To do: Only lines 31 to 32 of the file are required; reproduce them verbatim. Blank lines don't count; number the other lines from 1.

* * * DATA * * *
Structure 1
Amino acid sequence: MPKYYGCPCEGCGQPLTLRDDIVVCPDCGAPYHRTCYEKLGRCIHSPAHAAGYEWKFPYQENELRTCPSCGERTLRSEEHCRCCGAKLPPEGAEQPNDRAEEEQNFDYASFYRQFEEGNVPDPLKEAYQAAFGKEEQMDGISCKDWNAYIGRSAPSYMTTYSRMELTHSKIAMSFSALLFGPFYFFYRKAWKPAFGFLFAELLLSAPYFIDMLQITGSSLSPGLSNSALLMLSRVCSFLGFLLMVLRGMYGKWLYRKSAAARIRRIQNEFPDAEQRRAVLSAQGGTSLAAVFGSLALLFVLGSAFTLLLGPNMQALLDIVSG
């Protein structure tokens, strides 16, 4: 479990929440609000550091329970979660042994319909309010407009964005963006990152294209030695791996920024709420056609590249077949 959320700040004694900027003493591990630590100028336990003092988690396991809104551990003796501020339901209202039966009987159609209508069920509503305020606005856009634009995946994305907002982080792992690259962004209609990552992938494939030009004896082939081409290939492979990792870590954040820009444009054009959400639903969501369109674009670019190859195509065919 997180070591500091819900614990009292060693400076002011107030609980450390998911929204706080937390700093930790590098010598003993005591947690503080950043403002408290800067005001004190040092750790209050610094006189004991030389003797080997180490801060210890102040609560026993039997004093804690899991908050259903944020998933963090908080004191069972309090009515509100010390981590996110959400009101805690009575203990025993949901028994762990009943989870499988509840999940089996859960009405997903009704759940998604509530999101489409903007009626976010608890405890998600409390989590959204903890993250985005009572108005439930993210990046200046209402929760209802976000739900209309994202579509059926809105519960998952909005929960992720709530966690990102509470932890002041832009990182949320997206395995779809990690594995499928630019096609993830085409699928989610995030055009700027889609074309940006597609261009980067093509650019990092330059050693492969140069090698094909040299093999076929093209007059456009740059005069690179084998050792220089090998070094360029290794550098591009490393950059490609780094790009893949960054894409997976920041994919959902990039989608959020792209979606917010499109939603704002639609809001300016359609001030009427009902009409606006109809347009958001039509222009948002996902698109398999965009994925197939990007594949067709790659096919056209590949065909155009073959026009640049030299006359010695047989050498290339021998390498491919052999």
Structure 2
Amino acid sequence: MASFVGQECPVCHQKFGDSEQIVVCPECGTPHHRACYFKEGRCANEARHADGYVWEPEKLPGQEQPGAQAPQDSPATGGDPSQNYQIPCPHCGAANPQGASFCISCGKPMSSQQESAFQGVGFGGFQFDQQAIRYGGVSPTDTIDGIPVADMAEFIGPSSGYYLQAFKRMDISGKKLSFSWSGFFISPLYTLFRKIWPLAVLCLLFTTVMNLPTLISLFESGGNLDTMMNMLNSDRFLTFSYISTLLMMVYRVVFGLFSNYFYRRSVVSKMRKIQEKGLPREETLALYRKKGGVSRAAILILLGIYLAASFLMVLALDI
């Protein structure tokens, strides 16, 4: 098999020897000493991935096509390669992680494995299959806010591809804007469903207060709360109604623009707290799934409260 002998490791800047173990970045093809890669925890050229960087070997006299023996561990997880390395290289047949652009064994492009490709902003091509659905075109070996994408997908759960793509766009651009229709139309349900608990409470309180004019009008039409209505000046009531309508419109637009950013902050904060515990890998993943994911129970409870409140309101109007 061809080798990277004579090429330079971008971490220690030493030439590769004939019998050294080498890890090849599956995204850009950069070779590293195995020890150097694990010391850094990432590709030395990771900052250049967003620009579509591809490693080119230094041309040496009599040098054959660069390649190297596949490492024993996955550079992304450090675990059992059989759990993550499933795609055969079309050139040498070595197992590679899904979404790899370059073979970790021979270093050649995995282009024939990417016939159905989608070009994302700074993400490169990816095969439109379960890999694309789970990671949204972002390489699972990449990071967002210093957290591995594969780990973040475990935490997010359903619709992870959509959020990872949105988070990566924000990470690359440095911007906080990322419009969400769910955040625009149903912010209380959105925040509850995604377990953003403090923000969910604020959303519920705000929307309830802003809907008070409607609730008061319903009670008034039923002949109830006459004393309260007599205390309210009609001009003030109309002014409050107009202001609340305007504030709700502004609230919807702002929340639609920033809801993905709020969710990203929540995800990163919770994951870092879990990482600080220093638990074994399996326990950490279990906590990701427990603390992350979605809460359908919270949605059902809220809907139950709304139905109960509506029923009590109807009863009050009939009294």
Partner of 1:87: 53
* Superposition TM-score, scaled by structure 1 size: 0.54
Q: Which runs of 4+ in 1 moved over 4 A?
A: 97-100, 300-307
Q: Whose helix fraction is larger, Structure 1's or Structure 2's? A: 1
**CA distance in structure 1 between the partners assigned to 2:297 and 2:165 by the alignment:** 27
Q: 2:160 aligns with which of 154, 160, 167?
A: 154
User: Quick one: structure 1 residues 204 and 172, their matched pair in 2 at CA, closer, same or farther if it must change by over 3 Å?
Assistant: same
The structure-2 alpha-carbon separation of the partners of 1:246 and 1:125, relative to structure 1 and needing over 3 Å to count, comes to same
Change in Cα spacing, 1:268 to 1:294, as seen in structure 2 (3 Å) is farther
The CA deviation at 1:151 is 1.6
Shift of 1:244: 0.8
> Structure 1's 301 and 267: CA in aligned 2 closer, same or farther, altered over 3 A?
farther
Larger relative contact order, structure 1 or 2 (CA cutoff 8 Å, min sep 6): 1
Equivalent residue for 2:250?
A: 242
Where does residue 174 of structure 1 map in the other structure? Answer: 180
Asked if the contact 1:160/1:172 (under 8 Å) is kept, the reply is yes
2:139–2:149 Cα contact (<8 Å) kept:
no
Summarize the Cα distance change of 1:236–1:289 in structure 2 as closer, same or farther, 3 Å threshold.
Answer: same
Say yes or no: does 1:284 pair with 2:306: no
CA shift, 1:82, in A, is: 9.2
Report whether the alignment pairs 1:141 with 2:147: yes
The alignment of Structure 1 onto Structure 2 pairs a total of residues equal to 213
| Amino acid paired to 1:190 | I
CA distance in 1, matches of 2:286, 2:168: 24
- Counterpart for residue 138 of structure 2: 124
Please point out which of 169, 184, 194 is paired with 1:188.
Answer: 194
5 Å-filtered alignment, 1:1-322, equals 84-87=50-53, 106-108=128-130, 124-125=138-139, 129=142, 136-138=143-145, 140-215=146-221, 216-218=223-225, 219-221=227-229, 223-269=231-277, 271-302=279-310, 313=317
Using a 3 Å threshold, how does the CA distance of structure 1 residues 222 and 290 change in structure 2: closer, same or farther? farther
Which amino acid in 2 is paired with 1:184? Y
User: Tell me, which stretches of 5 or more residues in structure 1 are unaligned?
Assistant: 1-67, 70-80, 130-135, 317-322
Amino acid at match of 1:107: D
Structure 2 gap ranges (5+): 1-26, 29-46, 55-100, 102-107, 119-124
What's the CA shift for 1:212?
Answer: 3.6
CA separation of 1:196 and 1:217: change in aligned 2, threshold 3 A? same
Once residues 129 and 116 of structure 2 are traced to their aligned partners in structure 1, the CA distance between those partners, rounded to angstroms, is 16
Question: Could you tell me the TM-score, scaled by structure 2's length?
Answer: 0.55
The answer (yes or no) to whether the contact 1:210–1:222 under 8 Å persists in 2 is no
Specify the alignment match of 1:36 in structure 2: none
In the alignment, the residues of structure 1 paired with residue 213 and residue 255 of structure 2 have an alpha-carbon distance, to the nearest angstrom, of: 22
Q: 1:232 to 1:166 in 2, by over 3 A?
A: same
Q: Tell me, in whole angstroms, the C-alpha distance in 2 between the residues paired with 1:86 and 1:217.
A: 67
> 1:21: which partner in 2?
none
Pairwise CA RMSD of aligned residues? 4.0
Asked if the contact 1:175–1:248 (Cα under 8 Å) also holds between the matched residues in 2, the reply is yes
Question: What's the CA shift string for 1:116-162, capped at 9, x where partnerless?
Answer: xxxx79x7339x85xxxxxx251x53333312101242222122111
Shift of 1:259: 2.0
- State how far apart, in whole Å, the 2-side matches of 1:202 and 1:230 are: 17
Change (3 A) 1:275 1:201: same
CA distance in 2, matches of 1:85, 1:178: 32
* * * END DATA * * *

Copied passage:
Answer: same
Say yes or no: does 1:284 pair with 2:306: no